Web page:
America Wages New War in Vietnam on AIDS
December 4, 2009
At a little clinic in the Mekong Delta, Vietnamese with HIV/AIDS can access antiretroviral therapy provided by the US President's Emergency Plan for AIDS Relief (PEPFAR). About 340 patients get their ARVs at the Tinh Bien clinic, one of 55 US-supported sites. Of the 32,000 Vietnamese receiving ARVs, more than two-thirds do so because of support from the United States, which has spent more than $300 million fighting HIV/AIDS in the country.
The United States has spent $85 million this year alone on PEPFAR in Vietnam, accounting for 80 percent of US humanitarian spending in the country. Besides ARVs, PEPFAR pays for family assistance, HIV prevention programs and anti-stigma campaigns.
HIV-positive children living at the Mai Hoa Center, a PEPFAR-supported compound near Ho Chi Minh City, were recently expelled from a neighborhood school after their first day of attendance. The school expelled the children after the parents of other students objected to their presence. "The other kids refused to play with me," said Huyen, 13, who would not say her last name. "They pointed at me and said, 'She has AIDS.'"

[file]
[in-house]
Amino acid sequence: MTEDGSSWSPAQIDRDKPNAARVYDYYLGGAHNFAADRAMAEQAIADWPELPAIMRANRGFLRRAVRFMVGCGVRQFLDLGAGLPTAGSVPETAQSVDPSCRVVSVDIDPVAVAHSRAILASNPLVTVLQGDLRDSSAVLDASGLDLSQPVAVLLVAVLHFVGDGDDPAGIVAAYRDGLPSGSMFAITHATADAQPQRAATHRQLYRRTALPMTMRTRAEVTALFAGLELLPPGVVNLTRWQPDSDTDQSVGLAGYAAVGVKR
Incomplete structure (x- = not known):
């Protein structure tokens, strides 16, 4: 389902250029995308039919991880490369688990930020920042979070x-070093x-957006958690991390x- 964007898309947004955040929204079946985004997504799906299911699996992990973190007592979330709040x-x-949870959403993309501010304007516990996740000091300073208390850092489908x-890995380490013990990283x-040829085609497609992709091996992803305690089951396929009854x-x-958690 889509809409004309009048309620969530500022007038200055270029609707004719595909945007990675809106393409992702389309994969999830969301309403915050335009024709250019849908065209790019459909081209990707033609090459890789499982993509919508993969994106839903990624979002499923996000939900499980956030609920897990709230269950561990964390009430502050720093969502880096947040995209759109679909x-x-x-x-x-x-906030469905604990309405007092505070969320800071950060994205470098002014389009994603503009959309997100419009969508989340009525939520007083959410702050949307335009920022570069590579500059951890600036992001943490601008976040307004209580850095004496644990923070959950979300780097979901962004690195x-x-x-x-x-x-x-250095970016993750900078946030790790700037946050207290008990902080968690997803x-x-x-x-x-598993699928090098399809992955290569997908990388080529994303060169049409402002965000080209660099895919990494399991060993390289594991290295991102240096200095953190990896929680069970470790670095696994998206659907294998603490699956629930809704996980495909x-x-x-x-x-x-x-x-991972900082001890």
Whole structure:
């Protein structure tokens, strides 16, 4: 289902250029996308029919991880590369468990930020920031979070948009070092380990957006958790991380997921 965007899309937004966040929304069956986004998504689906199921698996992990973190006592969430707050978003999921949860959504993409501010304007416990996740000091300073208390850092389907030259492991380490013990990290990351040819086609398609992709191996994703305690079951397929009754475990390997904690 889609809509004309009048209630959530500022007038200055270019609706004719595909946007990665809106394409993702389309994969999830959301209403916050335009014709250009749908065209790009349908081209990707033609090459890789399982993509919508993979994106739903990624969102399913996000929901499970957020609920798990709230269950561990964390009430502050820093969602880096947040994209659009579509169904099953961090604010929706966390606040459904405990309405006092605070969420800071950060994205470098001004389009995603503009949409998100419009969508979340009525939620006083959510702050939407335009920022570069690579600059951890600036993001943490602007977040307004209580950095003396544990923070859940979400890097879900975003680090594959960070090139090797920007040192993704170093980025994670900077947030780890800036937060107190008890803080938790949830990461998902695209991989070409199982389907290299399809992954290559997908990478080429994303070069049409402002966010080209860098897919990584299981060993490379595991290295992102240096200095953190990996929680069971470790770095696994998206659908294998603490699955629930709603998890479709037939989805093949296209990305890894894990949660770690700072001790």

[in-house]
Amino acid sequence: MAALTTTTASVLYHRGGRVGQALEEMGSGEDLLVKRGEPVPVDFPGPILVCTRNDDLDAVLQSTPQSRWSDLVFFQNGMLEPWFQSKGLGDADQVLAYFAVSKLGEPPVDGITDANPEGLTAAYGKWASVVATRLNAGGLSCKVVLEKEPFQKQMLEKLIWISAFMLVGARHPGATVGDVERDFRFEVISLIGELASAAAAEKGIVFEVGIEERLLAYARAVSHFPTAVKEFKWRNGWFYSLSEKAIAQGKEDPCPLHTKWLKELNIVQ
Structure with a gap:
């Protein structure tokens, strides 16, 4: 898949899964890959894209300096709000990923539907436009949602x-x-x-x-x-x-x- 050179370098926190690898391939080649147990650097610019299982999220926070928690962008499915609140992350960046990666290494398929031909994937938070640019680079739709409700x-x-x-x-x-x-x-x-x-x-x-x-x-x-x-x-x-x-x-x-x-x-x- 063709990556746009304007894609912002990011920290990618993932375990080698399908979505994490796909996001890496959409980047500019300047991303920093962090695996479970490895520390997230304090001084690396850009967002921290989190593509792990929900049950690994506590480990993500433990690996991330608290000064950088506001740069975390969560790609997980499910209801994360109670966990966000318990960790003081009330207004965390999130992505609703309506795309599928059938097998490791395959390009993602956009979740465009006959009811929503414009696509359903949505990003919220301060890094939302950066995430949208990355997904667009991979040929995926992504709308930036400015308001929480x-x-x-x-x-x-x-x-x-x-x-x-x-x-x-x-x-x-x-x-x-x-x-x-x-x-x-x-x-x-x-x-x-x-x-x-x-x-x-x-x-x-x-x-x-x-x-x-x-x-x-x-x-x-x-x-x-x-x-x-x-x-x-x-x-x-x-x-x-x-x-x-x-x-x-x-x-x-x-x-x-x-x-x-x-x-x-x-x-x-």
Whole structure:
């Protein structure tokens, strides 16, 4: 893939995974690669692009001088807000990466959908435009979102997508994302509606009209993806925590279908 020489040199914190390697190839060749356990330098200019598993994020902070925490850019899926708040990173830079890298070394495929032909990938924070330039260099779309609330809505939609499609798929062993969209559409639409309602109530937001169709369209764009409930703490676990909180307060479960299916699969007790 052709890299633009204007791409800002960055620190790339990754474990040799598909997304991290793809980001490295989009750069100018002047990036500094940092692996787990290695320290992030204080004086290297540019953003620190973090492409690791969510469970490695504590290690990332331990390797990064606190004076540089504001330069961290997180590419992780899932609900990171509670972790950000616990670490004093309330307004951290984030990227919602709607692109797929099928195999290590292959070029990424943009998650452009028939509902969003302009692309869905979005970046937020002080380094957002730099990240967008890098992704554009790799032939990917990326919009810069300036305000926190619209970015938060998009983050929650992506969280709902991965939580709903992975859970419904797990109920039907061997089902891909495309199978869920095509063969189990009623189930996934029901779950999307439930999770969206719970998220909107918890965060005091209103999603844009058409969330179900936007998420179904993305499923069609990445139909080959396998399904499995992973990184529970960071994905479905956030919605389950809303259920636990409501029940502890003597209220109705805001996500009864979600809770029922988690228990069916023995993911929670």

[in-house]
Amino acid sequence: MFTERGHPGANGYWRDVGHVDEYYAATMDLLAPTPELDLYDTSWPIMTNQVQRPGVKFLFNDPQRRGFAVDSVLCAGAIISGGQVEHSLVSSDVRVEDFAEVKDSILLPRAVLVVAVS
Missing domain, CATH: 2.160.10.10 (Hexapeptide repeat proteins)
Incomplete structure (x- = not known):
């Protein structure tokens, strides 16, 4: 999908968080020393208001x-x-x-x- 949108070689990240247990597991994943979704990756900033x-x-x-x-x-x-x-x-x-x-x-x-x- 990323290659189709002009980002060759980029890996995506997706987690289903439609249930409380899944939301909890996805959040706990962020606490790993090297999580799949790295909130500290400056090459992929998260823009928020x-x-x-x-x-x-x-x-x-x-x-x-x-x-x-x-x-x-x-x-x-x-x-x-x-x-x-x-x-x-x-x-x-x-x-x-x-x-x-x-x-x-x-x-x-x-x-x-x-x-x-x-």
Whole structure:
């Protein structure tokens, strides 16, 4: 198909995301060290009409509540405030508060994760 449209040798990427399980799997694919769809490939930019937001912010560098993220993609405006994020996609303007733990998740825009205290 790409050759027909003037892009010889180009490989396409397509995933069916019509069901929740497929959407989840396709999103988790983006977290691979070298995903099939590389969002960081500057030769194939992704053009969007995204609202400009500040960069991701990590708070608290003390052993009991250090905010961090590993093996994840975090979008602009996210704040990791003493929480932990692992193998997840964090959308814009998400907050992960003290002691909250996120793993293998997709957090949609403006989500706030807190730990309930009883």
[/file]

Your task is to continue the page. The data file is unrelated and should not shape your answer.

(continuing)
At the Mai Hoa Center, a memorial with rows of urns holds the remains of former residents. "We used to have one or two funerals a day," said Tran Van Nhan, a center volunteer. "Now we only have one a month."
"These drugs are making a very big difference," said Mai Hoang Anh, the top AIDS official in An Giang province. "They allow people to stay active for many years, just like Magic Johnson."
In Vietnam, the sharing of needles by drug users is the main source of HIV transmissions. The Obama administration is considering using PEPFAR funding for needle exchange programs, said Steve Mills, director of Family Health International, which runs the Tinh Bien clinic.
11.28.2009; Ben Stocking
This article was provided by CDC National Prevention Information Network. It is a part of the publication CDC HIV/Hepatitis/STD/TB Prevention News Update.